Reparation is intended to make the party injured by the illegal act "whole" and place it in the same position as it would have been in, had the breach not occurred.2
II. Scope of application: unlawful acts
Tribunals distinguish between a lawful expropriation and an illegal act, and accordingly adopt different standards of reparation. While compensation for a lawful expropriation usually follows the standard set by the investment treaty, reparation for illegal acts is normally governed by the customary international law rule of "full reparation".5
III. Nature of restitution
Restitutio in integrum must in principle be achieved by restitution in kind. It is only when specific performance is impossible or entails a disproportionate burden that monetary compensation becomes appropriate.6 It is commonly agreed upon that compelling the State to repeal its laws, re-instate the investor in its rights in a concession or generally reverse the illegal measure it has taken, constitutes a disproportionate interference with the State’s exercise of its sovereignty.7 Compensation by financial means has therefore become the adequate and normal remedy, and must correspond to the value which restitution in kind would carry.8
IV. Scope of restitution
A. Principle: all provable losses are recoverable
It also requires the payment of interests.12
B. Implications: date of valuation
The date of valuation of the damages can be ex-ante (at the date of the breach) or ex-post (at the date of the award).
Whereas in the case of a lawful expropriation, the date of dispossession (or when it was made public) serves as date of valuation (ex-ante), in the case of an international law violation, and in the name of full reparation, tribunals preserve a margin to appreciate whether an ex-ante or an ex-post approach is appropriate.13
The case-law shows that the election of the date of valuation will depend on the facts, circumstances and submissions before the tribunal in each case, in order to comply with the reparation principles (causation, full reparation, etc.).14 Tribunals will typically adopt an ex post approach when it has been proven that the investment has gained a greater value since the date of the breach up to the time of the award, in order to grant compensation that is most proximate to restitutio in integrum.15 See further Date of Valuation.
Restitution in integrum must serve as both, a guideline and a limitation (overcompensation).16 It can neither lead to the enrichment of the aggrieved party17 nor form a basis for the punishment of the responsible State by awarding excessive or punitive damages.18 Accordingly, the allocation of moral damages is also seen to be inappropriate because it accords the injured party a better financial position than the one it would have had otherwise.19
Nevertheless, this limitation is sometimes disregarded in practice: there is a tendency to award moral damages in “exceptional cases”.20 Tribunals have also acknowledged the possibility of allocating punitive damages, albeit limited to very “egregious” situations.21 The predominant investment jurisprudence however still refutes exemplary damages.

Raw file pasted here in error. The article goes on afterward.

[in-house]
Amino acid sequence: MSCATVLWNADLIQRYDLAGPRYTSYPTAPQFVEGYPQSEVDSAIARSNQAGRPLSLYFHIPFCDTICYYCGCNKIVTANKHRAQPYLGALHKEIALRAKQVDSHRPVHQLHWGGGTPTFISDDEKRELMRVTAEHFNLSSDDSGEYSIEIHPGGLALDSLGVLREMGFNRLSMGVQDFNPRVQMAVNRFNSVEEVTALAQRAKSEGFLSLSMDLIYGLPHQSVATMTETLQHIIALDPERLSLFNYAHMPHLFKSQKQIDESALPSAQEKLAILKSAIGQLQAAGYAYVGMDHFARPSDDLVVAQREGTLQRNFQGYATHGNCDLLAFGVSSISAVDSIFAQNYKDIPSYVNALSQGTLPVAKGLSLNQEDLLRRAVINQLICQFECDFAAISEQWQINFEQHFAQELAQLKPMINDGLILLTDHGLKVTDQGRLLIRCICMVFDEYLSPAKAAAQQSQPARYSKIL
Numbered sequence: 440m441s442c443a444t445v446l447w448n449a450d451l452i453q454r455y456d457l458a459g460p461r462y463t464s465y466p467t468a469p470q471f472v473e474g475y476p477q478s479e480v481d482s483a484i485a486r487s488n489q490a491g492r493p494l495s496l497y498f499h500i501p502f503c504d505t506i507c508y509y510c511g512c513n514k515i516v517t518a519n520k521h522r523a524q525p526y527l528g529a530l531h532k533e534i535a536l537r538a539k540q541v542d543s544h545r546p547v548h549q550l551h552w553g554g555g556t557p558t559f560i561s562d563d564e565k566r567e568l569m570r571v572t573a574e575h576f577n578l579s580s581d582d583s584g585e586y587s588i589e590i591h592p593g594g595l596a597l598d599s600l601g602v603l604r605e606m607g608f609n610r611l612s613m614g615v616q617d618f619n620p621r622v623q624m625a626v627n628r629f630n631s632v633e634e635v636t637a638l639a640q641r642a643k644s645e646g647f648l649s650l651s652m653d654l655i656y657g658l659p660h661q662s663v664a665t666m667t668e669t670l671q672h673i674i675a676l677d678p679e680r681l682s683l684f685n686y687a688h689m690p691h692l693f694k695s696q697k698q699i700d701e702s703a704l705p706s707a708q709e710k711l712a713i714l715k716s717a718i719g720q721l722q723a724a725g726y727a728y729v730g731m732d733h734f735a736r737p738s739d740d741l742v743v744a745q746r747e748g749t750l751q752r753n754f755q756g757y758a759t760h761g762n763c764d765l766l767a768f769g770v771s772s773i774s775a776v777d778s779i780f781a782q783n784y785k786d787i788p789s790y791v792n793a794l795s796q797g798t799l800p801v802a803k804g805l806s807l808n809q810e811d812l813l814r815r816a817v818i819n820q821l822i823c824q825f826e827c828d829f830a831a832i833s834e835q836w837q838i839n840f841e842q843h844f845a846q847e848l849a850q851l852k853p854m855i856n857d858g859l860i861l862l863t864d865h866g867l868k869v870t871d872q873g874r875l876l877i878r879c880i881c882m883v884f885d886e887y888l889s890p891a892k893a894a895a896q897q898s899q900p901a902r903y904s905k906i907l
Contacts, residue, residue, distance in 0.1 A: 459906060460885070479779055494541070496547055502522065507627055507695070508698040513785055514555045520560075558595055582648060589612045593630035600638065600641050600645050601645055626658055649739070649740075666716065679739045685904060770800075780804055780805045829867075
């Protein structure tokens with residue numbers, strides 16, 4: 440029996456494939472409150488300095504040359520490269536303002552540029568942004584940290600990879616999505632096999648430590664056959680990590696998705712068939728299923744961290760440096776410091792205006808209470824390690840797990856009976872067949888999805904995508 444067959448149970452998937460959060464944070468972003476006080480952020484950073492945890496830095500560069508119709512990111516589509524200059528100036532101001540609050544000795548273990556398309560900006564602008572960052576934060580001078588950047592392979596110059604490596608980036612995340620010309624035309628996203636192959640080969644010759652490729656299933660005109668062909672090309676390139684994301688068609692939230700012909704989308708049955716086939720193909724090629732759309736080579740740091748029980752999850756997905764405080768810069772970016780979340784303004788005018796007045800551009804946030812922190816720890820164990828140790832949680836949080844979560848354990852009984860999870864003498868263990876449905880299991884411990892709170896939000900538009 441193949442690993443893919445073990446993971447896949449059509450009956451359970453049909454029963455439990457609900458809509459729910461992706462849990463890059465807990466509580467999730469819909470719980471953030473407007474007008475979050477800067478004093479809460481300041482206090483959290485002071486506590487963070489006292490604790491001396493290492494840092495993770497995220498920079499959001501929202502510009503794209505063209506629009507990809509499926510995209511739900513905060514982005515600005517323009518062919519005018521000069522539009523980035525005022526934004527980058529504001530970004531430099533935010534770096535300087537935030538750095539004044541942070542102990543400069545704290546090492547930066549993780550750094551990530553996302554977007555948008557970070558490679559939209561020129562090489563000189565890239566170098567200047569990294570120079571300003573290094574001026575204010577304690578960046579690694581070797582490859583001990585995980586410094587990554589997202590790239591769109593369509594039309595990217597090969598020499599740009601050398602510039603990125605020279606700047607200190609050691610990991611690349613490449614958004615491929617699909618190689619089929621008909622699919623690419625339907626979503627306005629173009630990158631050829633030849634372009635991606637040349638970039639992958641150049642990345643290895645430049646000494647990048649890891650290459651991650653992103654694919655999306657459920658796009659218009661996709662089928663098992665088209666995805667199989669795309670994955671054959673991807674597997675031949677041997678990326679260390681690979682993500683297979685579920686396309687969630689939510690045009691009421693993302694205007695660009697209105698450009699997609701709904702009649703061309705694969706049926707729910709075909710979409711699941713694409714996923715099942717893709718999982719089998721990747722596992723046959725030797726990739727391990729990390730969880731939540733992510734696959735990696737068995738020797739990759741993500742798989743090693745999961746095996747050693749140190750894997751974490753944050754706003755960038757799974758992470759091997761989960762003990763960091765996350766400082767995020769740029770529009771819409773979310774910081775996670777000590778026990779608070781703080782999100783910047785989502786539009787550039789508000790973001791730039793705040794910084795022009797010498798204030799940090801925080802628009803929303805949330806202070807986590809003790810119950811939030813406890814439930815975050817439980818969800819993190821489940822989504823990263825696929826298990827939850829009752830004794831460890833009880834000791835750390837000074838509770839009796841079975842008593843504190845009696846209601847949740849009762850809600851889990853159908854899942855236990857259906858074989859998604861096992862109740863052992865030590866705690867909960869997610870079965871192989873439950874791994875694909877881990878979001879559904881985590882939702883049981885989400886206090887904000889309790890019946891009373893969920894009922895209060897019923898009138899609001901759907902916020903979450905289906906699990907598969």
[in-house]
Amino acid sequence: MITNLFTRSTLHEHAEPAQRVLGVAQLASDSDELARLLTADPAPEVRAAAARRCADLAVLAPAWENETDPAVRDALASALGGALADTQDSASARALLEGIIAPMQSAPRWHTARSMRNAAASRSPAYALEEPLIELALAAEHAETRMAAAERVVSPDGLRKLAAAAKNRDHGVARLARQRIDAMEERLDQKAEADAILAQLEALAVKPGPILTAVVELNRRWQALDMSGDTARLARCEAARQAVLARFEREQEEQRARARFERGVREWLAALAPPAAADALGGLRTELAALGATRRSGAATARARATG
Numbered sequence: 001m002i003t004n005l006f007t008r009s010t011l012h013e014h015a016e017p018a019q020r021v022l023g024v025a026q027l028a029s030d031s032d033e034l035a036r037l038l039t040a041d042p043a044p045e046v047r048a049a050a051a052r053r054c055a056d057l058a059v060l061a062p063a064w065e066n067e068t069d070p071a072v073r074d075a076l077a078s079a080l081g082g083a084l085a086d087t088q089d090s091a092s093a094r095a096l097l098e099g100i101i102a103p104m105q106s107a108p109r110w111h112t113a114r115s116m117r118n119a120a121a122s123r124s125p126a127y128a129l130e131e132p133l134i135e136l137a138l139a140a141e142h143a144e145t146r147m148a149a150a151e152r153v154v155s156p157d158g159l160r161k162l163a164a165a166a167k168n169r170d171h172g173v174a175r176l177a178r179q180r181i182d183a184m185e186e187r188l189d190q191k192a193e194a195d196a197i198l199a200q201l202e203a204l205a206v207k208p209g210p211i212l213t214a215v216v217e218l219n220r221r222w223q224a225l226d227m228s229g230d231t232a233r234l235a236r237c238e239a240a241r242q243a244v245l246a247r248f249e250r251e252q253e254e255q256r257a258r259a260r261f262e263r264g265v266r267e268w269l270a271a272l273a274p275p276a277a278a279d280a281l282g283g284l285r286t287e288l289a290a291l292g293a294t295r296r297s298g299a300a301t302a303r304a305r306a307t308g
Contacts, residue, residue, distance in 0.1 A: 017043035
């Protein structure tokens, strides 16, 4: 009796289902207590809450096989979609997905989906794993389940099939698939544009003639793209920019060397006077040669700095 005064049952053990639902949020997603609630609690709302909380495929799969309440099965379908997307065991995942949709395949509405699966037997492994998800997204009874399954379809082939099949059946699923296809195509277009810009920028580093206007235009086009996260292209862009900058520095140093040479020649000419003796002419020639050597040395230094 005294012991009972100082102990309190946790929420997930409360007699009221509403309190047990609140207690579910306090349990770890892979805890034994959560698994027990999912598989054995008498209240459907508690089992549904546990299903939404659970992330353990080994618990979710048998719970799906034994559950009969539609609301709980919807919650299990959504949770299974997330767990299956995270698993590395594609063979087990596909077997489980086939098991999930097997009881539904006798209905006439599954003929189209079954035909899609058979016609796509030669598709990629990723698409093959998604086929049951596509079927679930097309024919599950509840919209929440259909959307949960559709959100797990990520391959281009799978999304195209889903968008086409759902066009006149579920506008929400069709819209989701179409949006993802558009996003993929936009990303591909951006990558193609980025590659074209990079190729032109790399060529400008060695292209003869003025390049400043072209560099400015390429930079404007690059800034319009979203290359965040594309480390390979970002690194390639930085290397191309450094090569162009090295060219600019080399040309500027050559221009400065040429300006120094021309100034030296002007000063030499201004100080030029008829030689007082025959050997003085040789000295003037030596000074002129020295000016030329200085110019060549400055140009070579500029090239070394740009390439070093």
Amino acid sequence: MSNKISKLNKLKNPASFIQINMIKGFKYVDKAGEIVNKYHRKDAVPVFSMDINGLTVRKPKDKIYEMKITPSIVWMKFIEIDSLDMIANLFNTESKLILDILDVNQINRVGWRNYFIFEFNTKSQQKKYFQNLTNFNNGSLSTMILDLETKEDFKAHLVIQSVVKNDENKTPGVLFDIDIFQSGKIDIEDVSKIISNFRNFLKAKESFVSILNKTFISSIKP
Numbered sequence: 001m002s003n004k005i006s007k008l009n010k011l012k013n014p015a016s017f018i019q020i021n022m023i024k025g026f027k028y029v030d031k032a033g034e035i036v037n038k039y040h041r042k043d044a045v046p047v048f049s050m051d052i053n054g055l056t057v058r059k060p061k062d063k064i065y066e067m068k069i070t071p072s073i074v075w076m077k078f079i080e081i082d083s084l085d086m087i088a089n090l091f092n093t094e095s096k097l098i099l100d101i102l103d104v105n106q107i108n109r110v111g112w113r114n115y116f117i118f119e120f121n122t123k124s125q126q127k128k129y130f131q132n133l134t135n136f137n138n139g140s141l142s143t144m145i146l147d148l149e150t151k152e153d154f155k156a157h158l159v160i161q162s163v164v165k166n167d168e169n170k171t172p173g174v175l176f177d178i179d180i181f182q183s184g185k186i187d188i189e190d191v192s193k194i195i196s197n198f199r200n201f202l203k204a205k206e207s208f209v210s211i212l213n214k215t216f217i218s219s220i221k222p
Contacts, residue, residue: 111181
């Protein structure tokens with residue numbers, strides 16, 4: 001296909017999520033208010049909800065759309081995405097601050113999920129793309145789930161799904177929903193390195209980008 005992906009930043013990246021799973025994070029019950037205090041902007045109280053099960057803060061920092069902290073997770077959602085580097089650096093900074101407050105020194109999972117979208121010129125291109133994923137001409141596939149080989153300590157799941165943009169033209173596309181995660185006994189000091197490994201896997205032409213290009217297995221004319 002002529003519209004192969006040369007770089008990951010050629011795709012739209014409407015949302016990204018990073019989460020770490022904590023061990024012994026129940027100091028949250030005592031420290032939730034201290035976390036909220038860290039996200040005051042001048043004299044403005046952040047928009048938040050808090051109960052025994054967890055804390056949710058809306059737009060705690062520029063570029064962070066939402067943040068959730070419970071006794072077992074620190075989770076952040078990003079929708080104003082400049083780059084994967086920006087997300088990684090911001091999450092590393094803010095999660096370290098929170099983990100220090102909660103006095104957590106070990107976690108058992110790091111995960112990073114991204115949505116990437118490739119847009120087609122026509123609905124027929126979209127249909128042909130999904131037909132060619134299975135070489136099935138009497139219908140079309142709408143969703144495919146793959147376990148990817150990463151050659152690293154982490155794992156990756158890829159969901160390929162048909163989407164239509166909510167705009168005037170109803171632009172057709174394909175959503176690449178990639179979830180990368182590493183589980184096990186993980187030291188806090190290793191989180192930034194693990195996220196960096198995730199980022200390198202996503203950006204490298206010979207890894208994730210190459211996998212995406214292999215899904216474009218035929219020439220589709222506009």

There is also ample authority which suggests that the obligation to make full reparation should be reduced after considering mitigating factors,22 such as: contributory negligence,23 failure to mitigate damages, intervening of concurrent causes,24 the application of the principle of proportionality,25 etc.
Marboe, I., Calculation of Compensation and Damages in International Investment Law, 2nd ed., Oxford International Arbitration Series, 2017.
Crawford, J., The International Law Commission’s Articles on State Responsibility. Introduction, Text and Commentaries, Cambridge University Press, 2002.
Cheng, B., General Principles of Law as Applied by International Courts and Tribunals, London: Stevens and Sons Ltd, 1987.
Schwarzenberger, G., International Law as Applied by International Court and Tribunals, London; Stevens and Sons Ltd, 1957.
Brownlie, I., State Responsibility, Part I, Oxford: Oxford University Press, 1983.
Ripinsky, S. and Williams, K., Damages in International Investment Law, British Institute of International and Comparative Law, 2008.
Van Aaken, A., Primary and Secondary Remedies in International Investment Law and National State Liability: A Functional and Comparative View, in Schill, S. (ed.), International Investment Law and Public Law, Oxford University Press, 2010, pp. 721-754.
Schachter, O., International Law in Theory and in Practice, 178 Collected Courses, Academy of International Law, 1982.
Sabahi, B., Rubins, N. and Wallace, D.Jr., Investor-State Arbitration, XXI Compensation, Damages, and Restitution, 2nd ed., 2019.
Claggett, B., Just Compensation in International Law – The Issues before the Iran-US Claims Tribunal, in R Lillich (ed.), Valuation of Nationalized Property in International Law, Vol. 4, University Press of Virginia, 1987, p. 31.
Reisman, M. and Sloane, R., Indirect Expropriation and Its Valuation in the BIT Generation, British Yearbook of International Law, 2003; 74:1.
Salacuse, J., The Law of Investment Treaties, 16 The Consequences of Treaty Violations, Oxford International Law Library, 2015.
Sabahi, B., Compensation and Restitution in Investor-State Arbitration: Principles and Practice, 2011.
Stern, B., Le Préjudice dans la théorie de la responsabilité internationale, Pedone, 1973.
Kotuby, C. Jr. and Sobota, A., General Principles of Law and International Due Process: Principles and Norms Applicable in Transnational Disputes, Oxford University Press, 2017.
Brower, C. and Brueschke, J., The Iran-United States Claims Tribunal, Kluwer Law International, 1998.
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